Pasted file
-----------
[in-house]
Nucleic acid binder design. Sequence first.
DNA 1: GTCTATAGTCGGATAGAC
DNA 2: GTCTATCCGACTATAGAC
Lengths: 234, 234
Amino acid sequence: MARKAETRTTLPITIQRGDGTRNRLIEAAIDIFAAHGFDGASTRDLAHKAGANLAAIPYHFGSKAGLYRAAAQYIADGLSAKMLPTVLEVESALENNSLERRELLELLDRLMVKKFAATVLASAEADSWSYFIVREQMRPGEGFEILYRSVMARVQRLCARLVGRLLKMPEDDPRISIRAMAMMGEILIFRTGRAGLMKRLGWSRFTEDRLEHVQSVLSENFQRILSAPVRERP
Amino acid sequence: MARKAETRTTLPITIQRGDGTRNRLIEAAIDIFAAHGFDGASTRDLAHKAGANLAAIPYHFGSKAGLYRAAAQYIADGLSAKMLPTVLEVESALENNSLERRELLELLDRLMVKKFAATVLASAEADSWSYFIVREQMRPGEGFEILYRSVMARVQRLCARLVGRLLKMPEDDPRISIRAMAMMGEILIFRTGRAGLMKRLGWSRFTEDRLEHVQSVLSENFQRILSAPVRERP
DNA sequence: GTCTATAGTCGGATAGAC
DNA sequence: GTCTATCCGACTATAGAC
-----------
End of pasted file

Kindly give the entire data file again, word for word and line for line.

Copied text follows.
[in-house]
Nucleic acid binder design. Sequence first.
DNA 1: GTCTATAGTCGGATAGAC
DNA 2: GTCTATCCGACTATAGAC
Lengths: 234, 234
Amino acid sequence: MARKAETRTTLPITIQRGDGTRNRLIEAAIDIFAAHGFDGASTRDLAHKAGANLAAIPYHFGSKAGLYRAAAQYIADGLSAKMLPTVLEVESALENNSLERRELLELLDRLMVKKFAATVLASAEADSWSYFIVREQMRPGEGFEILYRSVMARVQRLCARLVGRLLKMPEDDPRISIRAMAMMGEILIFRTGRAGLMKRLGWSRFTEDRLEHVQSVLSENFQRILSAPVRERP
Amino acid sequence: MARKAETRTTLPITIQRGDGTRNRLIEAAIDIFAAHGFDGASTRDLAHKAGANLAAIPYHFGSKAGLYRAAAQYIADGLSAKMLPTVLEVESALENNSLERRELLELLDRLMVKKFAATVLASAEADSWSYFIVREQMRPGEGFEILYRSVMARVQRLCARLVGRLLKMPEDDPRISIRAMAMMGEILIFRTGRAGLMKRLGWSRFTEDRLEHVQSVLSENFQRILSAPVRERP
DNA sequence: GTCTATAGTCGGATAGAC
DNA sequence: GTCTATCCGACTATAGAC